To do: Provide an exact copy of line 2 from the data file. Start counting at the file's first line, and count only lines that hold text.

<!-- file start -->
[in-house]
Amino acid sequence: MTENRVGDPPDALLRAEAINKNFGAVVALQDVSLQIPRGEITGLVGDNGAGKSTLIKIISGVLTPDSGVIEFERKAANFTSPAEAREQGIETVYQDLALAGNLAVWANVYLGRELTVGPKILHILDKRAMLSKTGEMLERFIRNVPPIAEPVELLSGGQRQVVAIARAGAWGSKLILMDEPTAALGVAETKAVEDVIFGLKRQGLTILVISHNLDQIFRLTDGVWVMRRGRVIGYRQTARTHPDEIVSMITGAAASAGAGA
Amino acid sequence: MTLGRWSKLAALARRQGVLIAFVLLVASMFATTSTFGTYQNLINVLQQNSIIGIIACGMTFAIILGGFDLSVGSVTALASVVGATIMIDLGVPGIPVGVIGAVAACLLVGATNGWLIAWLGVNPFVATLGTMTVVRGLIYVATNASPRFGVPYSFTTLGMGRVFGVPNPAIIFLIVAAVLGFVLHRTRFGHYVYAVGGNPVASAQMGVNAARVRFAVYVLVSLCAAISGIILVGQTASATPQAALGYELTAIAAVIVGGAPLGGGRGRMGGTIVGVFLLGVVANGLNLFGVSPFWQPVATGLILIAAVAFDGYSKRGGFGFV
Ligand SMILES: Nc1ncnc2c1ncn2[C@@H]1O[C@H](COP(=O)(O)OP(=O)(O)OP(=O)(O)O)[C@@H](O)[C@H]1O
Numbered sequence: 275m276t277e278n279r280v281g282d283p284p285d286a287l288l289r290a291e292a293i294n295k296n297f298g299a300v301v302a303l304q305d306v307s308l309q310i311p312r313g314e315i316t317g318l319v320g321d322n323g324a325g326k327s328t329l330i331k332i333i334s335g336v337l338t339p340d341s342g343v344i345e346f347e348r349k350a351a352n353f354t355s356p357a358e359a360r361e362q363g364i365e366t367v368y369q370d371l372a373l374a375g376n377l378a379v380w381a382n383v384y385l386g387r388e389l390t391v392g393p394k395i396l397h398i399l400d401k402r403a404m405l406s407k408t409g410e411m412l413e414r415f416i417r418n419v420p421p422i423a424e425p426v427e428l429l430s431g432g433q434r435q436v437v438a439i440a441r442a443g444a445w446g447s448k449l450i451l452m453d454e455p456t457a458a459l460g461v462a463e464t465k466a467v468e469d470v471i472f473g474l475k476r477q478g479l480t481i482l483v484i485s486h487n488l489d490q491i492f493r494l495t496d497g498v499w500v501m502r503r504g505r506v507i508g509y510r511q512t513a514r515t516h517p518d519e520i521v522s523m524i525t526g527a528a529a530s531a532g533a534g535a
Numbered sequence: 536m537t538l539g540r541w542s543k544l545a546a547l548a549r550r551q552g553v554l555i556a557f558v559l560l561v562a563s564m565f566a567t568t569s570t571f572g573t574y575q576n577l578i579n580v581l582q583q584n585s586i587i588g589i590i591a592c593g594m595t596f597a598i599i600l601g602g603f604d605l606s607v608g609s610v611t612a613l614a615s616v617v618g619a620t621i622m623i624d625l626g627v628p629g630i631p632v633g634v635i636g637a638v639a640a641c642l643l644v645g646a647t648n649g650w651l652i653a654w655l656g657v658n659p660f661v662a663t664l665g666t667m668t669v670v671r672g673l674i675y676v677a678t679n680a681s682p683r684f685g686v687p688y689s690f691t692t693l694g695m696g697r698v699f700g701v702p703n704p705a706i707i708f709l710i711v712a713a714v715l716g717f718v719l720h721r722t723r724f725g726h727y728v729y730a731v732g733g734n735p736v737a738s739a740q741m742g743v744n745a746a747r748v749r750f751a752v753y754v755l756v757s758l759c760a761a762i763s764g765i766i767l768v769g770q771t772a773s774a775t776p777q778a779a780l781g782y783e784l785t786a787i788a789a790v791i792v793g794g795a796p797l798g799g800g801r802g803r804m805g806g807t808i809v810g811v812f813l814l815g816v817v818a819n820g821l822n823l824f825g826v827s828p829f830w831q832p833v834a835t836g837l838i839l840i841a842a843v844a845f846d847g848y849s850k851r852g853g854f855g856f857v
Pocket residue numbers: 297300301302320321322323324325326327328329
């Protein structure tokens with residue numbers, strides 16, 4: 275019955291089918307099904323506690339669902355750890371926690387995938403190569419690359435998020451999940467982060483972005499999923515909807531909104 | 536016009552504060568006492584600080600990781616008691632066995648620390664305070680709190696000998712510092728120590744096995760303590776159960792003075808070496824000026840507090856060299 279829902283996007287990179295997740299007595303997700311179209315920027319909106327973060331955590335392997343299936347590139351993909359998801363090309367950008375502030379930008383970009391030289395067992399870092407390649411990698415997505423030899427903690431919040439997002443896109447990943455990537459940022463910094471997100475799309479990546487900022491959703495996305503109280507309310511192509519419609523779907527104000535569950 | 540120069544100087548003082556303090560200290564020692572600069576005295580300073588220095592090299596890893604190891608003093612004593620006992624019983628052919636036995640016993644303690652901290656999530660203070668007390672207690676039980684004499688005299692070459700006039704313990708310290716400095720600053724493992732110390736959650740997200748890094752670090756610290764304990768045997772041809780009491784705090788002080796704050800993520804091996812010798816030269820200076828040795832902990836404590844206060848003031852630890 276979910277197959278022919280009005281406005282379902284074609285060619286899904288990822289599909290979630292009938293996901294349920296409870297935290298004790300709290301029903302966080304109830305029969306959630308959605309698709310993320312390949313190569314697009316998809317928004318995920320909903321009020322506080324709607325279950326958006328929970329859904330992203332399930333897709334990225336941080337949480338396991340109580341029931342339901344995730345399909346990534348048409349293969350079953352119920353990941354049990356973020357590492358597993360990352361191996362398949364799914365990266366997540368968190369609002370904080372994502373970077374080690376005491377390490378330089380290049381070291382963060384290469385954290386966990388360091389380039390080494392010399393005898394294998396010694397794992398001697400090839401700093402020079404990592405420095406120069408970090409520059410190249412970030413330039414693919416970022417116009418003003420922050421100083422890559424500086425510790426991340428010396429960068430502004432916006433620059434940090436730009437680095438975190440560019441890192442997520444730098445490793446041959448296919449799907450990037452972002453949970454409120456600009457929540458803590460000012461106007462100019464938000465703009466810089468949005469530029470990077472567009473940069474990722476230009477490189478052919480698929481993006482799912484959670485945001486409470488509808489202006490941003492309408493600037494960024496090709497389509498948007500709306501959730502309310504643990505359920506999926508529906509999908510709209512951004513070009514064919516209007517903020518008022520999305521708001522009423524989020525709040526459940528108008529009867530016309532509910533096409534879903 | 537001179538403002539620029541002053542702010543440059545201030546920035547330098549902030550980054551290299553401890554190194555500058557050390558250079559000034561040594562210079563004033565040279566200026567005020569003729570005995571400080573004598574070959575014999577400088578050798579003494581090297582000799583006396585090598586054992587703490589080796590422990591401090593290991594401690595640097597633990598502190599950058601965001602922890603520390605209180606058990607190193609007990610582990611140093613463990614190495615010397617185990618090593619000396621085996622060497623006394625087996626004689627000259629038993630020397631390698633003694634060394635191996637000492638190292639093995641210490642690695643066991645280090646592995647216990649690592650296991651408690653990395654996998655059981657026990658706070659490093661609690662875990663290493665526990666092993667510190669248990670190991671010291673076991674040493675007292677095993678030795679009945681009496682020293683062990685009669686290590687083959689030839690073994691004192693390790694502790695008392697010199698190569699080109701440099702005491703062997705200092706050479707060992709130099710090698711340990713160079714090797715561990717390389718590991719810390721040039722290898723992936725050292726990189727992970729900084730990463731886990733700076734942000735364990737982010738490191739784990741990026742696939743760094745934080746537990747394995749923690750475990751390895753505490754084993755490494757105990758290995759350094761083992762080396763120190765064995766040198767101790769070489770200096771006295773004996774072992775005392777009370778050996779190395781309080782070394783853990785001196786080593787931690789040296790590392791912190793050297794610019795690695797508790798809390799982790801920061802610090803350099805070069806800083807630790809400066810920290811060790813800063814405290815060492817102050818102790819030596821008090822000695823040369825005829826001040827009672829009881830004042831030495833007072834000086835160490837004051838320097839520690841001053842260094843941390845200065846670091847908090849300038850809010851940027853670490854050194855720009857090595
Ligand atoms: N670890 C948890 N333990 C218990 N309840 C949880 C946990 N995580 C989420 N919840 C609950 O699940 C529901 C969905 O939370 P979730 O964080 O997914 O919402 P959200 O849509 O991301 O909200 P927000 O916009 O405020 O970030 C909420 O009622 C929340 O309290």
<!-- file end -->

Amino acid sequence: MTENRVGDPPDALLRAEAINKNFGAVVALQDVSLQIPRGEITGLVGDNGAGKSTLIKIISGVLTPDSGVIEFERKAANFTSPAEAREQGIETVYQDLALAGNLAVWANVYLGRELTVGPKILHILDKRAMLSKTGEMLERFIRNVPPIAEPVELLSGGQRQVVAIARAGAWGSKLILMDEPTAALGVAETKAVEDVIFGLKRQGLTILVISHNLDQIFRLTDGVWVMRRGRVIGYRQTARTHPDEIVSMITGAAASAGAGA